Constructive Negativity is a book of criticism without precedent in Canadian Literature. The result of over twenty years of participation in the nation's poetry community, it combines Shane Neilson's lived experience of disability with prize culture theory in order to create that rarest of creatures: criticism as page-turner. In the first section of the book, Neilson repurposes Rilke's famous admonition, saying to poets “You must change your genre” — meaning, you must write criticism — in order for poetry to have a life in an era dominated by prize culture. Later, Neilson provides a starting point for others to engage with books of Canadian poetry using the lens of disability, covering a range of texts and especially weighing in on the author's particular community, those with invisible disability.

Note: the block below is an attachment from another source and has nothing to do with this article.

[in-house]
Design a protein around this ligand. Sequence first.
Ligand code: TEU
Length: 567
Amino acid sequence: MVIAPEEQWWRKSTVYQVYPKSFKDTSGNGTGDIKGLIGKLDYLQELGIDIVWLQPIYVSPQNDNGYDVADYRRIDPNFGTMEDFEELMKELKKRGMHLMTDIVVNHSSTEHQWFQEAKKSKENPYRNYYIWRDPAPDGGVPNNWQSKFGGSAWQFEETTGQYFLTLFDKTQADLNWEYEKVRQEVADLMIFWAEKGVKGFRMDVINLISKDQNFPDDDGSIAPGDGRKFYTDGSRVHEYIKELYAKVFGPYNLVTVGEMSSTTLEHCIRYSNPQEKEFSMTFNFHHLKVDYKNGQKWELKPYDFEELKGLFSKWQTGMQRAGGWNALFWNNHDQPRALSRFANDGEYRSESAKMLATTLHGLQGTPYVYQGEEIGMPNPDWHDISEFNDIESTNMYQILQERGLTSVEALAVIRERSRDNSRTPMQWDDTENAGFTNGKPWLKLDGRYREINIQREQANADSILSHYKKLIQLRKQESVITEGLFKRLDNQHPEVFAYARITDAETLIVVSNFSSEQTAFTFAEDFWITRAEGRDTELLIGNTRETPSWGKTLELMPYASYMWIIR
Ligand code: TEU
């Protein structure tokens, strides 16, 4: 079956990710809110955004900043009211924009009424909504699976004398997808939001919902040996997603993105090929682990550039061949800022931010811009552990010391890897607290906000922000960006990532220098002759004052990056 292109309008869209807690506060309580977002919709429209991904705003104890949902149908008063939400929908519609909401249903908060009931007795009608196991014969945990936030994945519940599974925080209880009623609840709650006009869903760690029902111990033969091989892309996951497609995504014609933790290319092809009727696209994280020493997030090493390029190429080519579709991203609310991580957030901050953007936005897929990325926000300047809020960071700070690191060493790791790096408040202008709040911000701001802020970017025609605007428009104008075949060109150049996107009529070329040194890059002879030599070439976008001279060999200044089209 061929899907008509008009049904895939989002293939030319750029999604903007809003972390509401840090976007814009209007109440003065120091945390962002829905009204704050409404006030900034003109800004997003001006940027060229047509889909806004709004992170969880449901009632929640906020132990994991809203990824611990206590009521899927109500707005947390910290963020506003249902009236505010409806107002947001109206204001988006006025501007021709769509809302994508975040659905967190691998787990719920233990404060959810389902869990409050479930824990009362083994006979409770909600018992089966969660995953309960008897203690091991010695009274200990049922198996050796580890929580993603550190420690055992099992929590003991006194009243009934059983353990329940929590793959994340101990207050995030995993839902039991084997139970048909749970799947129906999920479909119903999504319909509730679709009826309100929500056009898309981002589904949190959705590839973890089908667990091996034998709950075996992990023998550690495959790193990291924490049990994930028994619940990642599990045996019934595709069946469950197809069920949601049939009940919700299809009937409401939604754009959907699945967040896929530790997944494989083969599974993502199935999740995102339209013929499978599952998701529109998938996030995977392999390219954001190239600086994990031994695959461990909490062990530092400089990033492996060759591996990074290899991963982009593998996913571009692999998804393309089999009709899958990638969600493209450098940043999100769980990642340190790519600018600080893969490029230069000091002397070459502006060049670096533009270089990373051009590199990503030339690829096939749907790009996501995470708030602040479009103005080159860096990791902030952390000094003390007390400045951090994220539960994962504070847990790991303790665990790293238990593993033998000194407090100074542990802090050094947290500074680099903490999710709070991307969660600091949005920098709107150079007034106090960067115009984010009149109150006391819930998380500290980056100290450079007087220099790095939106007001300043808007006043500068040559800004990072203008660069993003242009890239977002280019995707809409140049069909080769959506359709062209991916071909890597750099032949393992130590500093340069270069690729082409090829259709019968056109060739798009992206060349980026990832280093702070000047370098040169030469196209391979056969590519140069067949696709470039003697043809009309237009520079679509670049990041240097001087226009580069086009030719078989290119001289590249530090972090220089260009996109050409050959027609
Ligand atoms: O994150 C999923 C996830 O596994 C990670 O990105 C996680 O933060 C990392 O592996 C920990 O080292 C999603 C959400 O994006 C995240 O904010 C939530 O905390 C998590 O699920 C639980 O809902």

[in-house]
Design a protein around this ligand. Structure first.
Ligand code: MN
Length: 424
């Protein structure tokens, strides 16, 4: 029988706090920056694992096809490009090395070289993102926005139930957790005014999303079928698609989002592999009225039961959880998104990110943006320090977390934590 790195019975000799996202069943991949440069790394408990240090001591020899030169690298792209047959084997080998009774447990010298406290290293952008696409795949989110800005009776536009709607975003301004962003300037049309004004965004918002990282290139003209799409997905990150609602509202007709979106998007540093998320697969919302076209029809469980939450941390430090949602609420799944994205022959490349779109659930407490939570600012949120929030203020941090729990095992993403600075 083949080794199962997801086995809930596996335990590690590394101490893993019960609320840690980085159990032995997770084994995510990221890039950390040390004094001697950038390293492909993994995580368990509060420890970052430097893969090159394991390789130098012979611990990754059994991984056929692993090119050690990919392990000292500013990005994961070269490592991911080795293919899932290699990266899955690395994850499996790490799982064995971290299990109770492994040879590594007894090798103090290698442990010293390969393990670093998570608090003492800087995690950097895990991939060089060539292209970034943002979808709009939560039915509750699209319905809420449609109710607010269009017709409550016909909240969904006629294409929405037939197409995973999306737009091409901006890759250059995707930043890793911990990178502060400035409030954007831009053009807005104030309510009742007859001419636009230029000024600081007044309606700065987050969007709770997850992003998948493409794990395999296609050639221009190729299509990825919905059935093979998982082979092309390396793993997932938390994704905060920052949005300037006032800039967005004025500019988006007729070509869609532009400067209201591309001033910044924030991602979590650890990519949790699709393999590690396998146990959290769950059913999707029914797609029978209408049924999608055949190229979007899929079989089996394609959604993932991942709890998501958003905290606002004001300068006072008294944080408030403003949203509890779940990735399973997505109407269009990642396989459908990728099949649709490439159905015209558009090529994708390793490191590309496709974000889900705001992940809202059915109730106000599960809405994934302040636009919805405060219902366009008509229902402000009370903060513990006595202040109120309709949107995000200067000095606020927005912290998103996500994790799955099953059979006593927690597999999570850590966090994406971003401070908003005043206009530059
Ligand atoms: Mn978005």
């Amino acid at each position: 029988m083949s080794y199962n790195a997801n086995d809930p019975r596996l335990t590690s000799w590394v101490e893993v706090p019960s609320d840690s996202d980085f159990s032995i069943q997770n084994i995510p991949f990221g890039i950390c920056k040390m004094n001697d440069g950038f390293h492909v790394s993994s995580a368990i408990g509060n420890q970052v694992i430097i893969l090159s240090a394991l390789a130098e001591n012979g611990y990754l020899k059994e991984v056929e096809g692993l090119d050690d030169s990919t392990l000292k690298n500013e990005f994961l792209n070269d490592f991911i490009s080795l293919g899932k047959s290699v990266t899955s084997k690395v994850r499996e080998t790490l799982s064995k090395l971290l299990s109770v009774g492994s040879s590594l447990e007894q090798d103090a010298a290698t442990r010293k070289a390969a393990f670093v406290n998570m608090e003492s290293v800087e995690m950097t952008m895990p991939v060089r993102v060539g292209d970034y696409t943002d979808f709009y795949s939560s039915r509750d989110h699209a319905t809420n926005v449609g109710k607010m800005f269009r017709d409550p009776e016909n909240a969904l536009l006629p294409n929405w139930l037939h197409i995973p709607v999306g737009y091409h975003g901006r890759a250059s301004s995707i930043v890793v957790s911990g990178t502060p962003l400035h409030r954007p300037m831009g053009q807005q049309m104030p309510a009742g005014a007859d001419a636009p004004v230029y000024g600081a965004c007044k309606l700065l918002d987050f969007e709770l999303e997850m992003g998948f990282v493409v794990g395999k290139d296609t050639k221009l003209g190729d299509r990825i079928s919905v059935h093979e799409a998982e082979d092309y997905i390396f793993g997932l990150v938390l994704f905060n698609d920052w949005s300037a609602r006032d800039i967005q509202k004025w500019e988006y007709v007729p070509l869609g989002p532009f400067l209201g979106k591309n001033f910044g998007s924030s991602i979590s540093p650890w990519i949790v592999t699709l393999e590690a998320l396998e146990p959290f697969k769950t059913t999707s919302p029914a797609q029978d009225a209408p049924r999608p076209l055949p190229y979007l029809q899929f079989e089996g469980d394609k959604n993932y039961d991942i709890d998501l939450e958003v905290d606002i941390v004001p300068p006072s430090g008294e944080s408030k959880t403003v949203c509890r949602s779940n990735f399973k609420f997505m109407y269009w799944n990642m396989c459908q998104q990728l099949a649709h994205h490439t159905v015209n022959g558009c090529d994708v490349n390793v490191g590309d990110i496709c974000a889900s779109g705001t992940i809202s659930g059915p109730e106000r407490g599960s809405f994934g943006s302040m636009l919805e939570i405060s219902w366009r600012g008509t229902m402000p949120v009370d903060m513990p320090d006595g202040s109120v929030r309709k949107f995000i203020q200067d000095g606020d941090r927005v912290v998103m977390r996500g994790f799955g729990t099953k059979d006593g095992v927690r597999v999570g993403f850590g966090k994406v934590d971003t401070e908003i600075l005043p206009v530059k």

Shane Neilson is a poet, physician, literary critic, and scholar of Canadian literatures who lives with disability. He published his first review in 1998 and has had to look over his shoulder ever since. In 2012, his critical prose won Arc Poetry Magazine's “Critic's Desk” award as selected by Amanda Jernigan. In 2018, his scholarly work on Canadian literature that is rooted in disability studies was awarded SSHRC's $50,000 “Talent” Award. In 2019, his article on the representations of pain in Canadian literature was shortlisted for Canadian Literature's 60thAnniversary Graduate Student Essay Prize. Shane's own poetry has received several accolades, including the Hamilton Literary Award for Poetry in 2018; The Walrus Poetry Prize in 2017, selected by Margaret Atwood; and in 2011, he was shortlisted for the Trillium Poetry Prize. Shane is an assistant professor in family medicine at McMaster University (adjunct) and he continues to practice medicine at a little clinic in Guelph, Ontario.